- Pro tip: Run the high and low PPW scenarios to get a range of solar costs
- Research local incentives like rebates and tax credits that can further reduce the cost of solar panels
- Consider future increases in electricity consumption like buying an EV, heat pump, or air conditioning
If hand calculations aren’t your thing, you can get a quick-and-dirty estimate based on the cost of solar for comparable homes.
The third – and least accurate – way to get an idea of how much solar panels will cost for your home is to see how much solar panels cost for homes similar to yours.
Now, we absolutely encourage you to talk to friends, family, and neighbors that have installed solar systems to get a sense of the pros, cons, and costs. However, we’ve done a lot of that legwork for you.
We analyzed thousands of systems sold on solar.com in 2022 to find the average cost of solar panels for homes based on their square footage of living space and number of bedrooms.
On average, solar panels cost $8.77 per square foot of living space, after factoring in the 30% tax credit. However, the cost per square foot varies based on the size of the home.
For example, the post-tax credit cost of solar panels for a 2,500-square-foot home is around $20,000 for a rate of $7.96 per square foot.
But how much do solar panels cost for a 1,500-square-foot home? The average system cost only drops by $1,000 and the cost per square foot increases to $12.83.
|Square footage of living space||Solar cost per square foot (after tax credit)|
Based on systems purchased on solar.com in 2022. Square footage per Zillow.
If you don’t know your home’s square footage, you can either look it up on Zillow or get a rough estimate using the number of bedrooms.
What’s the cost of solar panels for a 3-bedroom house?
The average pre-incentive cost of home solar is $29,161 for a three-bedroom house, or $20,412 after claiming the 30% tax credit.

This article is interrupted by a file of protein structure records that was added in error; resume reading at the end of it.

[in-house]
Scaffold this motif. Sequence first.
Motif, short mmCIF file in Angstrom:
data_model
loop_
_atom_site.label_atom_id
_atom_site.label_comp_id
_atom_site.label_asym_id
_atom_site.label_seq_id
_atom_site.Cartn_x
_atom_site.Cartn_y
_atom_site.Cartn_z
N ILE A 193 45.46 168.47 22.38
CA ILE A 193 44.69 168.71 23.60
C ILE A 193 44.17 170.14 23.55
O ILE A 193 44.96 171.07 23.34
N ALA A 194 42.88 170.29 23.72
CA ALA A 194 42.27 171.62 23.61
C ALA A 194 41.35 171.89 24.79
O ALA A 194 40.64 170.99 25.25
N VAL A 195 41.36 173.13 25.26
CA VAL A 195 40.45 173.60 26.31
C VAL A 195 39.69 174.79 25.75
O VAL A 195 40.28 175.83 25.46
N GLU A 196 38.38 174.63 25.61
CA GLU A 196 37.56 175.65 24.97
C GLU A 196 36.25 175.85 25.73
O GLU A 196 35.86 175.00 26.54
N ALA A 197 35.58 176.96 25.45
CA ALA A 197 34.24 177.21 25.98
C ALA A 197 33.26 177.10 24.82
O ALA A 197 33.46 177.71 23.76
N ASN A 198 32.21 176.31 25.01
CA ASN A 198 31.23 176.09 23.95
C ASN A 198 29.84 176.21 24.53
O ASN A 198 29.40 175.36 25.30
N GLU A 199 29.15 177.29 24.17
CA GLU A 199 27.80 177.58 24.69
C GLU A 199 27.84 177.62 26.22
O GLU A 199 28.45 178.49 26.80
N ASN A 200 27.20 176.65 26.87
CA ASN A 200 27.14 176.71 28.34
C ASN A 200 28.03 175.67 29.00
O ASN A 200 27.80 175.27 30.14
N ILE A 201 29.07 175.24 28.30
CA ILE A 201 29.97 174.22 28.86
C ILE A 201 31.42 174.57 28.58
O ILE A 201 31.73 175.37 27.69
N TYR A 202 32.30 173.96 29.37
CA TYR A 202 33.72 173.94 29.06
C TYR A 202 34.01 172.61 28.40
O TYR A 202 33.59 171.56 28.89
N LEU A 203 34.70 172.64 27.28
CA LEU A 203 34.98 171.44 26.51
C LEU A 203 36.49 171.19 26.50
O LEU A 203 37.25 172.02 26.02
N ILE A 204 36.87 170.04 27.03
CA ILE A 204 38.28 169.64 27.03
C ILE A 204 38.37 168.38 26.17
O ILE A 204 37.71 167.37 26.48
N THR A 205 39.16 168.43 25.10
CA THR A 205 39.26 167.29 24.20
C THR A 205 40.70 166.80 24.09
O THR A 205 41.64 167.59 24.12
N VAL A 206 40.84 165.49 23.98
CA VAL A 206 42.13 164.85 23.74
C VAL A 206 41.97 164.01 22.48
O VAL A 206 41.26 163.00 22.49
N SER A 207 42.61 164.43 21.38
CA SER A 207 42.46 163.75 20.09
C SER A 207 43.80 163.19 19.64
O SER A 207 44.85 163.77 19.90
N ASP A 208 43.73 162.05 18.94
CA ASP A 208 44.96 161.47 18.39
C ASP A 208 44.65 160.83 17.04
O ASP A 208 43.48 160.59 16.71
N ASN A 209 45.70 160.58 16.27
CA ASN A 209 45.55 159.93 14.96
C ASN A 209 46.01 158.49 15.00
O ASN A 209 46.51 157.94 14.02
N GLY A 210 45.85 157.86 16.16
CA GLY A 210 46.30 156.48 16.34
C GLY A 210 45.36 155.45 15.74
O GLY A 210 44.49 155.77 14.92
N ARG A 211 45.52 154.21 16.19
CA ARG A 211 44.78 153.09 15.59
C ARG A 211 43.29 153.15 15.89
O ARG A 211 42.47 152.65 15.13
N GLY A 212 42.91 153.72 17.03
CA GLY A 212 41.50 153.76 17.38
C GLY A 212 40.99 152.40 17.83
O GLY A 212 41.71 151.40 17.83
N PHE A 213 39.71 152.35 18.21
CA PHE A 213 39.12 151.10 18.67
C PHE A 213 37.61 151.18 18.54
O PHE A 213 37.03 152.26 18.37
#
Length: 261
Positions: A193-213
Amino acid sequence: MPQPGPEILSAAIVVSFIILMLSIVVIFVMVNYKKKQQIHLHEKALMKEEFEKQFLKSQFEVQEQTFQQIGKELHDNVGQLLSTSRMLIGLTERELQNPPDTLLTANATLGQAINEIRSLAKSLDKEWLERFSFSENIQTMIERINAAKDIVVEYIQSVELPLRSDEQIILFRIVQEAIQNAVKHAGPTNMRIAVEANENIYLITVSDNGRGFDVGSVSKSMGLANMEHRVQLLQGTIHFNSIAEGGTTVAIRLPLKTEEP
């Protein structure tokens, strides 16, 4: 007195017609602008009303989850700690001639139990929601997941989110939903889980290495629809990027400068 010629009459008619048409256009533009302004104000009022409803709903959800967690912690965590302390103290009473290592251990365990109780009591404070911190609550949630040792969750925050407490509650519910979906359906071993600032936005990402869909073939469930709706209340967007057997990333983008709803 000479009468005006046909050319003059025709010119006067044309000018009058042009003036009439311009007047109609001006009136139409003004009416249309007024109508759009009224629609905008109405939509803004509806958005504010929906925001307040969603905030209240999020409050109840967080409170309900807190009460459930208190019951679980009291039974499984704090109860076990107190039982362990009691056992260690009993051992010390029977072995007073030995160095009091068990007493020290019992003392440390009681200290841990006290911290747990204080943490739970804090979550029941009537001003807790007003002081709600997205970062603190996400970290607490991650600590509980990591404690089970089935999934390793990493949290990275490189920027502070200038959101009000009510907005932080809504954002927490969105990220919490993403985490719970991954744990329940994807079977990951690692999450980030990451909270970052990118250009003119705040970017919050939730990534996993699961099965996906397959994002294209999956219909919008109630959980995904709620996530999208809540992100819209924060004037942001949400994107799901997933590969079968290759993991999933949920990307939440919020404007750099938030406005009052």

However, as shown in the chart below, the number of bedrooms isn’t a great indicator of the size and cost of a solar system – and neither is living space, for that matter.
Solar systems are typically sized based on electricity consumption – not square footage or number of bedrooms. That’s because a two-bedroom house with two EVs and an electric heat pump would likely use more electricity than a four-bedroom house with no EVs and gas heating.
So, you can use this method to get in the right ballpark, but keep in mind that the previous two methods are more accurate.
Once you have a rough cost estimate for your solar system, it’s time to compare it to the cost of buying electricity from a utility provider to get a sense of how much you can save by going solar.
Yes, homeowners across the US can save money on energy costs by powering their homes with solar panels instead of purchasing electricity from a utility. This is especially true following the rapid rise in grid electricity rates in 2022.
Home solar is essentially a way to buy electricity in bulk – similar to buying a giant can of coffee grounds from Costco instead of 50 individual cups at Starbucks. The $25 can of grounds costs more upfront but pays for itself after just 9 Grande Lattes at $3 each and nets $125 in savings over its lifespan.
It’s the same concept with home solar, just on a much larger scale.
How much money do you save a month with solar panels?
Exactly how much money you save a month with solar panels depends on a few main ingredients:
- Utility electricity rates
- Electricity consumption
- How you finance your system
- Your energy goals
These factors vary from household to household, so let’s take a look at the average monthly electric bill with solar panels and without solar panels.
- By paying cash for a solar system, you can enjoy maximum lifetime savings – often north of $50,000 – but it can take several years to reach a payback period
- By taking out a solar loan, you can front-load your cost savings by making solar loan payments that are less than your average electricity bill, but interest payments eat into your lifetime savings
Adjusting the size of your solar system and how you finance it gives you control over your essential electricity costs – something you’ll never have by purchasing electricity solely through a utility company.
How long does it take for solar panels to pay for themselves?